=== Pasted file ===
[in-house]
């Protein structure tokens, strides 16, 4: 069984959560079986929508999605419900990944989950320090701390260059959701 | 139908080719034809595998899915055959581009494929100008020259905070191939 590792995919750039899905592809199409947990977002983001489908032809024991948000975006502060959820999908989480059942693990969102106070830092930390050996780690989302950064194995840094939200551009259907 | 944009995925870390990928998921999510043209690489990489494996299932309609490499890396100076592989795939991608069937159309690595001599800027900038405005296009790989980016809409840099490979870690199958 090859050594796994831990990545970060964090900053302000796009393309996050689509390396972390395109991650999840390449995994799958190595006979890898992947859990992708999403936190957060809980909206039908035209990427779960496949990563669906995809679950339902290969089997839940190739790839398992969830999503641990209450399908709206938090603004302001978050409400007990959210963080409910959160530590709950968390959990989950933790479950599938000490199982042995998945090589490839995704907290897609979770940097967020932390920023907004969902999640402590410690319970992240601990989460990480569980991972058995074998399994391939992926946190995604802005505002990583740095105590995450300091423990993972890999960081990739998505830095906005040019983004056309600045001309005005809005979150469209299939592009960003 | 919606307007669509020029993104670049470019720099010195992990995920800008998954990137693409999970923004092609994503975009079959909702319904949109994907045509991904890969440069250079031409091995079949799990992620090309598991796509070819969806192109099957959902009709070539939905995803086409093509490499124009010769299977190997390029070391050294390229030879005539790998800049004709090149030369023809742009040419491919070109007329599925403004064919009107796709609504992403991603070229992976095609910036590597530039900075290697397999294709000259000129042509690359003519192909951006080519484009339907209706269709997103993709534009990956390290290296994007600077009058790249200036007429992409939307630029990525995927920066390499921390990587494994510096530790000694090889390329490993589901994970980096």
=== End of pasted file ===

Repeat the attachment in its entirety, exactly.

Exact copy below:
[in-house]
């Protein structure tokens, strides 16, 4: 069984959560079986929508999605419900990944989950320090701390260059959701 | 139908080719034809595998899915055959581009494929100008020259905070191939 590792995919750039899905592809199409947990977002983001489908032809024991948000975006502060959820999908989480059942693990969102106070830092930390050996780690989302950064194995840094939200551009259907 | 944009995925870390990928998921999510043209690489990489494996299932309609490499890396100076592989795939991608069937159309690595001599800027900038405005296009790989980016809409840099490979870690199958 090859050594796994831990990545970060964090900053302000796009393309996050689509390396972390395109991650999840390449995994799958190595006979890898992947859990992708999403936190957060809980909206039908035209990427779960496949990563669906995809679950339902290969089997839940190739790839398992969830999503641990209450399908709206938090603004302001978050409400007990959210963080409910959160530590709950968390959990989950933790479950599938000490199982042995998945090589490839995704907290897609979770940097967020932390920023907004969902999640402590410690319970992240601990989460990480569980991972058995074998399994391939992926946190995604802005505002990583740095105590995450300091423990993972890999960081990739998505830095906005040019983004056309600045001309005005809005979150469209299939592009960003 | 919606307007669509020029993104670049470019720099010195992990995920800008998954990137693409999970923004092609994503975009079959909702319904949109994907045509991904890969440069250079031409091995079949799990992620090309598991796509070819969806192109099957959902009709070539939905995803086409093509490499124009010769299977190997390029070391050294390229030879005539790998800049004709090149030369023809742009040419491919070109007329599925403004064919009107796709609504992403991603070229992976095609910036590597530039900075290697397999294709000259000129042509690359003519192909951006080519484009339907209706269709997103993709534009990956390290290296994007600077009058790249200036007429992409939307630029990525995927920066390499921390990587494994510096530790000694090889390329490993589901994970980096």